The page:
I am happy to share some recent performance results of a new parser for Wikipedia data dumps that I have developed over the past 2 months.
The new parser is also written in Python, as it was its predecessor included in WikiXRay. However, this new parser comes with notable improvements in speed and accuracy:
- XML reading is now based on lxml event-driven parsing, offering better performance and improving code clarity and maintainability.
- Very small memory footprint, even for parsing huge Wikipedia languages such as English.
- Parallelization of the extraction process for English Wikipedia (multiple dump files) and multiple languages simultaneously (single dump files), along with improvements in data retrieval and organization. This follows ideas suggested by Dimitry Chichkov (in pymwdat) and more recently by A. Halfaker (wikimedia-utilities).
New features in a nutshell:
- Virtually 0% of error rate in data retrieval (even support for cases of revisions with missing author, text, etc.).
- Identification of FAs and FLists for different languages, over time (including cases of demotion and subsequent promotion).
- Creating SHA-256 hash for the text of every revision. This aids for detection of reverts to identical previous versions in any language.
- It calculates parent revision id (in the same page), number of characters per revision and it identifies redirects.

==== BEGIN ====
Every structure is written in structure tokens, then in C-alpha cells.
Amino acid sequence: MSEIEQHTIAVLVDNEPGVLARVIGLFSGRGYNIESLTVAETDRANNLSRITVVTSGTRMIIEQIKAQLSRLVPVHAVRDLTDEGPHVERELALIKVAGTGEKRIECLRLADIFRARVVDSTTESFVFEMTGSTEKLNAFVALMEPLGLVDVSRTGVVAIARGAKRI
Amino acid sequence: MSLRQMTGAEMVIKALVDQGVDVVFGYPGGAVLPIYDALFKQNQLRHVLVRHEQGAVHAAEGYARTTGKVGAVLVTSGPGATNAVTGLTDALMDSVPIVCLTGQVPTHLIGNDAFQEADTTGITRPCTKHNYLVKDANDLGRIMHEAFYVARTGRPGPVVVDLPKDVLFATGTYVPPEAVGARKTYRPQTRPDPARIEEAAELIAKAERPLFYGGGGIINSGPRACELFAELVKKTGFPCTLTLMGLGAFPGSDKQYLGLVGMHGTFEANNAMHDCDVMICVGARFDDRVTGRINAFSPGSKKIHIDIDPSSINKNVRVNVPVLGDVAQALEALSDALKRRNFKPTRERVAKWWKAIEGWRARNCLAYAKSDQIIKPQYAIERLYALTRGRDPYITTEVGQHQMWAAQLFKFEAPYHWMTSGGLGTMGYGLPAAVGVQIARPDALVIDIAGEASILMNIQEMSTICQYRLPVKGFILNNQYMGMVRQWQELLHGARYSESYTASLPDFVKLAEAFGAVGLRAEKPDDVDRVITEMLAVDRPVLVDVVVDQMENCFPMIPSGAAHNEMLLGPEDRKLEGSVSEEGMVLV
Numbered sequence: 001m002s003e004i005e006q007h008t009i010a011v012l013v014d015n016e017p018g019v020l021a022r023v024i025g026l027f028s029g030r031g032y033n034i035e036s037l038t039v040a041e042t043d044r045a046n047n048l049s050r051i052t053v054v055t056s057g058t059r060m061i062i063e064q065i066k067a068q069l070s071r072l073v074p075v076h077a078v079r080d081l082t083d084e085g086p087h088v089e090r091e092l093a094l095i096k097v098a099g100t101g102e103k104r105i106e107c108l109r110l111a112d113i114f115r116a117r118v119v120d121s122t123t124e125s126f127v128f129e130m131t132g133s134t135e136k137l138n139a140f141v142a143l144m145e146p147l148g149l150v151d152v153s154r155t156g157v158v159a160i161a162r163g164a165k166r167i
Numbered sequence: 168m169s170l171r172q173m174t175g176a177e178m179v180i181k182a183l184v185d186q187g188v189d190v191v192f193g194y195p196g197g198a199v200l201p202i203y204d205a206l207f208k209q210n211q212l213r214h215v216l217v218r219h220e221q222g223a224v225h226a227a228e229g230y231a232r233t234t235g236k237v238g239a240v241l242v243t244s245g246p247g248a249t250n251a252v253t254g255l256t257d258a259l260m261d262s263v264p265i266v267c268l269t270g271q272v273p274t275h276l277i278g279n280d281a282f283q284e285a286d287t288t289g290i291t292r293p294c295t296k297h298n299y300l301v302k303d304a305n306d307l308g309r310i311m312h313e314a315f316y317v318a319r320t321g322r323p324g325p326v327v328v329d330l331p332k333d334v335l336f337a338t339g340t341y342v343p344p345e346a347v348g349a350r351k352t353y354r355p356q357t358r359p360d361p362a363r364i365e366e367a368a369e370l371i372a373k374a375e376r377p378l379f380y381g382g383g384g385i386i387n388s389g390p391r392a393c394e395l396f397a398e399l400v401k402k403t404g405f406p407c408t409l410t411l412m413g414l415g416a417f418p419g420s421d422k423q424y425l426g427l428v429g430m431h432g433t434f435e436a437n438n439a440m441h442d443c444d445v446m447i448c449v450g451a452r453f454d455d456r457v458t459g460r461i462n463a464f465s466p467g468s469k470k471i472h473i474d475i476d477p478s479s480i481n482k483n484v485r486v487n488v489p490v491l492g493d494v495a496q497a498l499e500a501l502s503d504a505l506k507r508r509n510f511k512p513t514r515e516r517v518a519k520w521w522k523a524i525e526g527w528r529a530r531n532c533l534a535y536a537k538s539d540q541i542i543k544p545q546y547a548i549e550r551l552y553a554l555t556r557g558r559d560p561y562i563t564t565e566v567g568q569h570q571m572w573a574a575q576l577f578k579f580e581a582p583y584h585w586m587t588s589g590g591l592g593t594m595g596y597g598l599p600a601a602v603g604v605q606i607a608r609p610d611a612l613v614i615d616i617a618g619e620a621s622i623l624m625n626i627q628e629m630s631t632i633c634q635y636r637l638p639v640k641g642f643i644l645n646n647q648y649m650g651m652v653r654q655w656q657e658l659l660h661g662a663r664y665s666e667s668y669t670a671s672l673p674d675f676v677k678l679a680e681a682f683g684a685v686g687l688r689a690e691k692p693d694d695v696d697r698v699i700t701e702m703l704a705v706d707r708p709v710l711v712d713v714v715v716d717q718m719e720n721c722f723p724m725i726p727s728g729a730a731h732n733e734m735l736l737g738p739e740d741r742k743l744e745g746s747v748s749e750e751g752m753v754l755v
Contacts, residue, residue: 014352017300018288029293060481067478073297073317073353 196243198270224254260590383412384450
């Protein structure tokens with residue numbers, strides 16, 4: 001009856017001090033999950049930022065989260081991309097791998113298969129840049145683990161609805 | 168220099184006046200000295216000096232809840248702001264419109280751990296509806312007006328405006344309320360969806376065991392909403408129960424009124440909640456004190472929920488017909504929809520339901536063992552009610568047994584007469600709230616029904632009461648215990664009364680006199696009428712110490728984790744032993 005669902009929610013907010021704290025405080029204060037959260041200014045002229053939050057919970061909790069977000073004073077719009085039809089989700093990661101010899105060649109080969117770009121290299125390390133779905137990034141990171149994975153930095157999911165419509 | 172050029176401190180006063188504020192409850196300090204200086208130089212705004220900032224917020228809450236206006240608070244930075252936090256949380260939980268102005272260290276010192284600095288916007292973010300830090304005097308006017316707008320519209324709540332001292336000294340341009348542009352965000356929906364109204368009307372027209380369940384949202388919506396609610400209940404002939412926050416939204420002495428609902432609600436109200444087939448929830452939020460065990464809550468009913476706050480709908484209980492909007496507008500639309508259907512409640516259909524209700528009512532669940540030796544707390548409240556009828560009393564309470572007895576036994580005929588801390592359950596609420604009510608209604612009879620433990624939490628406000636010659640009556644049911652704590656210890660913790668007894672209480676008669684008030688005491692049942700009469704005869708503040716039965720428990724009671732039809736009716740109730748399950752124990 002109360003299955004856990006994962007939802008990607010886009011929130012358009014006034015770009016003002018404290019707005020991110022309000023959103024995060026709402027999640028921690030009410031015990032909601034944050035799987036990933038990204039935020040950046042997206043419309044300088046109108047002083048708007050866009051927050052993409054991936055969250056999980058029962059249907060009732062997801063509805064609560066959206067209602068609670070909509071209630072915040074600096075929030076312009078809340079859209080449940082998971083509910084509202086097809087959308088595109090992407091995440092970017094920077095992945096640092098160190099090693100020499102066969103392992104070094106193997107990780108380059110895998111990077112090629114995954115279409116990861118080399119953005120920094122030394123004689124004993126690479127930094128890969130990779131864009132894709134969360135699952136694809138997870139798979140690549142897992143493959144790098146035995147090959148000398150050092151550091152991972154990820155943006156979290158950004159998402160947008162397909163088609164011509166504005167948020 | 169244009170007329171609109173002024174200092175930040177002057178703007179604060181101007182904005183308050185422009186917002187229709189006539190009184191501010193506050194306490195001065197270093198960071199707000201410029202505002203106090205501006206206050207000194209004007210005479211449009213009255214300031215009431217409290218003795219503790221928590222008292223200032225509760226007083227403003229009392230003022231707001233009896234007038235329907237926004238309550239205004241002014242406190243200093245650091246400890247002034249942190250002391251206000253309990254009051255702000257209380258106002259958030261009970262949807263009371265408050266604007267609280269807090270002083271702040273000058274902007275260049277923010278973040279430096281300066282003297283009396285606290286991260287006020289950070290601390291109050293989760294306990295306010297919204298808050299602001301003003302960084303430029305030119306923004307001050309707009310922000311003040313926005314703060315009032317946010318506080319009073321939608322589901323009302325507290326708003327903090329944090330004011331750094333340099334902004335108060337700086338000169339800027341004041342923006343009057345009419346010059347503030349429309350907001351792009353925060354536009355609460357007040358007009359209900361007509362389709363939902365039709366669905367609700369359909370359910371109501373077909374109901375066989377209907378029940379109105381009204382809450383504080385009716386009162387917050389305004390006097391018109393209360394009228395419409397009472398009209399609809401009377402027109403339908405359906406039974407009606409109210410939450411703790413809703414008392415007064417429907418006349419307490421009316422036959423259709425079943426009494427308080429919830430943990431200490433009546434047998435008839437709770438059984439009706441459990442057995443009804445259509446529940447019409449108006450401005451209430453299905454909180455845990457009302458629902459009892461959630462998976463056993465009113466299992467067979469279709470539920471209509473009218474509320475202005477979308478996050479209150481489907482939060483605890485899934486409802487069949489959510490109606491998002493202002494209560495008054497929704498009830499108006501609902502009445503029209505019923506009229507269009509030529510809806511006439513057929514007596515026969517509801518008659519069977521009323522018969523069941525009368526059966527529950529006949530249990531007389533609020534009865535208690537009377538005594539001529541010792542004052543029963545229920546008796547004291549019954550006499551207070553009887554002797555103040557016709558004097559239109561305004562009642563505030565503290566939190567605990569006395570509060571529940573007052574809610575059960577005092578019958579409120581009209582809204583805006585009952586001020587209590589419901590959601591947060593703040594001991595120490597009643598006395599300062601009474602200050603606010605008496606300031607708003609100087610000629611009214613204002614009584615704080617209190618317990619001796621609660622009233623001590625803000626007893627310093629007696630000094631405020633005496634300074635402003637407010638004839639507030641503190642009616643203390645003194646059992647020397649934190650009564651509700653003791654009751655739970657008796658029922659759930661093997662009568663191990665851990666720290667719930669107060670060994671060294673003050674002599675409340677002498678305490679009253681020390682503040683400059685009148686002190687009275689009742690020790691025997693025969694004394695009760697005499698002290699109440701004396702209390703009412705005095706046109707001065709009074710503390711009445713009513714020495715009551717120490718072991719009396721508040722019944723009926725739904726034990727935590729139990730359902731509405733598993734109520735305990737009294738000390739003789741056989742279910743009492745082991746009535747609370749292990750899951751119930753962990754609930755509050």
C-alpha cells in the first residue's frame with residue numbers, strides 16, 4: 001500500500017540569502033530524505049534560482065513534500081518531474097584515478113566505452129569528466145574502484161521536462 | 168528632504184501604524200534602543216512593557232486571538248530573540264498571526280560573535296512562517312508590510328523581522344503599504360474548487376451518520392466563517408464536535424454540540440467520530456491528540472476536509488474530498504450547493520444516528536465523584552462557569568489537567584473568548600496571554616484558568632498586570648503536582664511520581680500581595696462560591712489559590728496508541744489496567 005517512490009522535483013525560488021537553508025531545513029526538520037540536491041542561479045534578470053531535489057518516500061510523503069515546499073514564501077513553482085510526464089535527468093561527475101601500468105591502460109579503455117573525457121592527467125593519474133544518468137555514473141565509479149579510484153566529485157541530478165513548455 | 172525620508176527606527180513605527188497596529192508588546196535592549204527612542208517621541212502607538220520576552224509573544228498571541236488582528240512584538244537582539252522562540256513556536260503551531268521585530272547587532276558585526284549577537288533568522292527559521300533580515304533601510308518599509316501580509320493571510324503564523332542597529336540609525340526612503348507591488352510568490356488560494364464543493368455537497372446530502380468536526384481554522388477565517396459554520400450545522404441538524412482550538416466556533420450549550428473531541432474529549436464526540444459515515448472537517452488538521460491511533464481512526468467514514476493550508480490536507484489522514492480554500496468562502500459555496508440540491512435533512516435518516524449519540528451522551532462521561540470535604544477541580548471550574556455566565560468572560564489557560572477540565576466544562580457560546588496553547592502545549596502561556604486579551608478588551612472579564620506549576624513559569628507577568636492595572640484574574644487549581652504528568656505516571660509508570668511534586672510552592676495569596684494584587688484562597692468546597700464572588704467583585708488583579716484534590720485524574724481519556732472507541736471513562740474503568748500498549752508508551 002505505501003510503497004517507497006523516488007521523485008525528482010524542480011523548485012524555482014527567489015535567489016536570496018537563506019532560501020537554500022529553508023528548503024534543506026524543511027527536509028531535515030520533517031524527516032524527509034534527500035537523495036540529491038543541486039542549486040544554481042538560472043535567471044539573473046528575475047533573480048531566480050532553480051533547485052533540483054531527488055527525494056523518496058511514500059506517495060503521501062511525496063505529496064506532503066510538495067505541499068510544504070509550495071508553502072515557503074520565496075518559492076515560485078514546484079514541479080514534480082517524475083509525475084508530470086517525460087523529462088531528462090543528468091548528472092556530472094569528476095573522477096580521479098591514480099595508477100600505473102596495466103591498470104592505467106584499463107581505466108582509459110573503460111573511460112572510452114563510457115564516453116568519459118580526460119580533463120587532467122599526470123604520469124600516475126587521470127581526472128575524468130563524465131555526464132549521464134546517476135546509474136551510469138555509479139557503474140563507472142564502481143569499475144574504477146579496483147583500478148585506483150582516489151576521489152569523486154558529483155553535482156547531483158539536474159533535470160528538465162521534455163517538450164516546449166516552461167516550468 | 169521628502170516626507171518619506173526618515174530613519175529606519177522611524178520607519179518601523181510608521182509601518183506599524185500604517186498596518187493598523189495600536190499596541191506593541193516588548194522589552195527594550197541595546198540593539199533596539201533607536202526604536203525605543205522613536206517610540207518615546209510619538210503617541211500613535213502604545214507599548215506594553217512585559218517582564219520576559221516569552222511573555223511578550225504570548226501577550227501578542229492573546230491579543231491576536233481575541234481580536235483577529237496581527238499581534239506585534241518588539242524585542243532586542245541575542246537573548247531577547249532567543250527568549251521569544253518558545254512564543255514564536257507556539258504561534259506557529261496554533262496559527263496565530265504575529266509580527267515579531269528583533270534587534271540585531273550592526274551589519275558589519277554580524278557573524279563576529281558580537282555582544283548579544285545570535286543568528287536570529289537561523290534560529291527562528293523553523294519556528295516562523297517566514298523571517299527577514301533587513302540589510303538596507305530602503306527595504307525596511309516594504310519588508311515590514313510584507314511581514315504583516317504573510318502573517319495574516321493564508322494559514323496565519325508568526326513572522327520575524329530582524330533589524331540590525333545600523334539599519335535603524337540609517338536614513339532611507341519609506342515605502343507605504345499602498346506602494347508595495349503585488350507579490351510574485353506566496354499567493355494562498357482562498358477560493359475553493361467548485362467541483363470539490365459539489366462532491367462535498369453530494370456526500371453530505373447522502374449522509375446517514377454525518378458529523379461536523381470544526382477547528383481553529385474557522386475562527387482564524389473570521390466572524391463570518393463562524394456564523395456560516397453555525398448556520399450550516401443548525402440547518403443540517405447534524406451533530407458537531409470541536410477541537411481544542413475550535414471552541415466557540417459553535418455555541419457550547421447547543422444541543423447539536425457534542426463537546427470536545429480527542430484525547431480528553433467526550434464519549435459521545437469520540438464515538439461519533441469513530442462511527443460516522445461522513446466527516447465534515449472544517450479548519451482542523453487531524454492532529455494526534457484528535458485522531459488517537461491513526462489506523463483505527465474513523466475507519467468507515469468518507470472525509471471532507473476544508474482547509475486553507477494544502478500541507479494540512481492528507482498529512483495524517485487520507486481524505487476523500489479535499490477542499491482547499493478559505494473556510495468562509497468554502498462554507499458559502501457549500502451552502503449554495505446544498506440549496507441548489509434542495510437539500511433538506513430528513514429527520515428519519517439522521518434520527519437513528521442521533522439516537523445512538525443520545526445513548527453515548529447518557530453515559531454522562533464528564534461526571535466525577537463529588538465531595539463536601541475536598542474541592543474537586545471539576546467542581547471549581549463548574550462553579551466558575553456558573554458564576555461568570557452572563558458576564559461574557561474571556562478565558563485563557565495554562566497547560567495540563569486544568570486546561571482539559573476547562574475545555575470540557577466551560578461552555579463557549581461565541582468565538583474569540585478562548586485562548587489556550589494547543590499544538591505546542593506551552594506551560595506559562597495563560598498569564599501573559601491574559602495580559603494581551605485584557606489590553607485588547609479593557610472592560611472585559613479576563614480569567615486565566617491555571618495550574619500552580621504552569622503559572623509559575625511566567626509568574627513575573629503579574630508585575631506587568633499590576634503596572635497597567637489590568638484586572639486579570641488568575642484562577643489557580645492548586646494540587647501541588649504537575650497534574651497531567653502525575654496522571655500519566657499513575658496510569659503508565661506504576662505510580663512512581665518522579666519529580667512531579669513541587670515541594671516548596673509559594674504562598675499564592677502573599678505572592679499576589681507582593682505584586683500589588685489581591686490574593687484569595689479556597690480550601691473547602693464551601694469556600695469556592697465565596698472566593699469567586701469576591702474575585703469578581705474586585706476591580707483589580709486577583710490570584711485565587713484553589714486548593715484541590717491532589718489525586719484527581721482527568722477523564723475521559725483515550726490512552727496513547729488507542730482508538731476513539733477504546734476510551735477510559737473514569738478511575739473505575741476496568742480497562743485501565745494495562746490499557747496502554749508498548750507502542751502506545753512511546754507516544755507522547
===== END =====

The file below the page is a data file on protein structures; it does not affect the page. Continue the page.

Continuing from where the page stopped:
- User nicknames (field 'rev_user_text') has been moved to a different 'people' table. This table will soon include some useful per-user statistics like timestamp of first edit, total number of edits, etc.
Running 6 different subprocesses on a multi-core server (8 CPUs) the parser needs less than 40 hours to retrieve and calculate these information, storing 444,946,704 revisions from 27,023,430 wiki pages in the English Wikipedia. Depending on the number of filtering/detection actions to undertake, the number of parallel subprocesses and the hardware I/O speed, this time can be reduced.
I am currently following a similar approach to update our parser for the data dumps of the logging table, tracking administrative and reviewing activities (such as the approval of some revisions for languages using the flagged-revisions extension).
These new parsers will be all included in WikiDAT (Wikipedia Data Analysis Toolkit). WikiDAT is a new integrated framework to facilitate the analysis of Wikipedia data using Python, MySQL and R. Following the pragmatic paradigm "avoid reinventing the wheel", WikiDAT integrates some of the most efficient approaches for Wikipedia data analysis found in libre software code up to now.
The main focus of WikiDAT is twofold: running on multiple hardware platforms (so you do not need a cluster with Hadoop to get a decent performance, but you can run faster in a cluster or a multi-core server with huge memory) and focus on multilingual support (so you can analyse any Wikipedia language besides the ubiquitous English).
The code and accompaning documentation is expected to be released this month, so keep an eye on this blog to learn more details about WikiDAT.
I will present an excerpt of WikiDAT new features, together with an introduction to Wikipedia data analysis for researchers, in a 3-hour workshop on June 28, at Wikipedia Academy 2012 in Berlin. Special thanks to Wikimedia-Deutschland for making this possible.